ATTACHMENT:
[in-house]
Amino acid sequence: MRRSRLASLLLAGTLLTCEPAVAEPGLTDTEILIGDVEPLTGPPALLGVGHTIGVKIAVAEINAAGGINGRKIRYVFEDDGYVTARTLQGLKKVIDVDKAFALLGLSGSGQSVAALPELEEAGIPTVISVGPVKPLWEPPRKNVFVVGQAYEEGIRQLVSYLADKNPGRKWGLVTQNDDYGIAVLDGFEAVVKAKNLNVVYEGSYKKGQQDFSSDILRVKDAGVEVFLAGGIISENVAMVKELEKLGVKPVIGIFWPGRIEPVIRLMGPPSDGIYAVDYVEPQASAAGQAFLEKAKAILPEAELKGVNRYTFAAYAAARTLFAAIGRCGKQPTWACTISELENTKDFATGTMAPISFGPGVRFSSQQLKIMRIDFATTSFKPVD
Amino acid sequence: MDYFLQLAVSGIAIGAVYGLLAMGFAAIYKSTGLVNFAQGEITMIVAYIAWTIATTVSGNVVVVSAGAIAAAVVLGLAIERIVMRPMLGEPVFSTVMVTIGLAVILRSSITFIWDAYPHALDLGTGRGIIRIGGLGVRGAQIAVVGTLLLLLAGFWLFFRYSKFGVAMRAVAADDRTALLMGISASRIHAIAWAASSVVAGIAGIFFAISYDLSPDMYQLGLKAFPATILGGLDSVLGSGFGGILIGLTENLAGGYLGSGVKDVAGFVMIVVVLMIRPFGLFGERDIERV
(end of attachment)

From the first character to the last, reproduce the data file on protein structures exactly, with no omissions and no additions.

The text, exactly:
[in-house]
Amino acid sequence: MRRSRLASLLLAGTLLTCEPAVAEPGLTDTEILIGDVEPLTGPPALLGVGHTIGVKIAVAEINAAGGINGRKIRYVFEDDGYVTARTLQGLKKVIDVDKAFALLGLSGSGQSVAALPELEEAGIPTVISVGPVKPLWEPPRKNVFVVGQAYEEGIRQLVSYLADKNPGRKWGLVTQNDDYGIAVLDGFEAVVKAKNLNVVYEGSYKKGQQDFSSDILRVKDAGVEVFLAGGIISENVAMVKELEKLGVKPVIGIFWPGRIEPVIRLMGPPSDGIYAVDYVEPQASAAGQAFLEKAKAILPEAELKGVNRYTFAAYAAARTLFAAIGRCGKQPTWACTISELENTKDFATGTMAPISFGPGVRFSSQQLKIMRIDFATTSFKPVD
Amino acid sequence: MDYFLQLAVSGIAIGAVYGLLAMGFAAIYKSTGLVNFAQGEITMIVAYIAWTIATTVSGNVVVVSAGAIAAAVVLGLAIERIVMRPMLGEPVFSTVMVTIGLAVILRSSITFIWDAYPHALDLGTGRGIIRIGGLGVRGAQIAVVGTLLLLLAGFWLFFRYSKFGVAMRAVAADDRTALLMGISASRIHAIAWAASSVVAGIAGIFFAISYDLSPDMYQLGLKAFPATILGGLDSVLGSGFGGILIGLTENLAGGYLGSGVKDVAGFVMIVVVLMIRPFGLFGERDIERV